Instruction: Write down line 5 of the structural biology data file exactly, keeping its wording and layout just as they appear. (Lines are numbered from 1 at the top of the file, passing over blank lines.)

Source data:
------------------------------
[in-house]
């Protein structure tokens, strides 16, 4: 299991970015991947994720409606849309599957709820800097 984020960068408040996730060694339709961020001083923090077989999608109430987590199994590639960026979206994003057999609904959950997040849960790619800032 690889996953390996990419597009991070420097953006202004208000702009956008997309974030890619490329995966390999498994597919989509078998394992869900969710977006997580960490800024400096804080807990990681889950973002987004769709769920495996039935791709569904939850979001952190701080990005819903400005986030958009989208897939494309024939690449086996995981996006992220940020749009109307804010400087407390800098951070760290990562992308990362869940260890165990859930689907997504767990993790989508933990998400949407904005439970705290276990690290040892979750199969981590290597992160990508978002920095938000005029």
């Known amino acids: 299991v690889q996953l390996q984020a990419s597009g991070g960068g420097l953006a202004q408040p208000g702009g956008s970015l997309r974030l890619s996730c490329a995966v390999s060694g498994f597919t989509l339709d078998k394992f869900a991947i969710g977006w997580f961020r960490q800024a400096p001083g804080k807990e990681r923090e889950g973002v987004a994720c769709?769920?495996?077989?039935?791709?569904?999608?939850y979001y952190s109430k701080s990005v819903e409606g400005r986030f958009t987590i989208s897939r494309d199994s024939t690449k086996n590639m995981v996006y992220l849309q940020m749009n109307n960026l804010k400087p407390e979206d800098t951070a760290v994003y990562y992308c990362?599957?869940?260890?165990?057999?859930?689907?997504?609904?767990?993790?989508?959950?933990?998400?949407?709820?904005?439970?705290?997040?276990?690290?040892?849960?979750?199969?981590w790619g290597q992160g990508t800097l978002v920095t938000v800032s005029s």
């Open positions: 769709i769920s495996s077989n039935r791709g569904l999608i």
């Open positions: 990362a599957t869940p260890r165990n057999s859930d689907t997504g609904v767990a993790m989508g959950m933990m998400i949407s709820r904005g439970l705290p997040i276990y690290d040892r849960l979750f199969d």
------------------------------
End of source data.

């Open positions: 990362a599957t869940p260890r165990n057999s859930d689907t997504g609904v767990a993790m989508g959950m933990m998400i949407s709820r904005g439970l705290p997040i276990y690290d040892r849960l979750f199969d």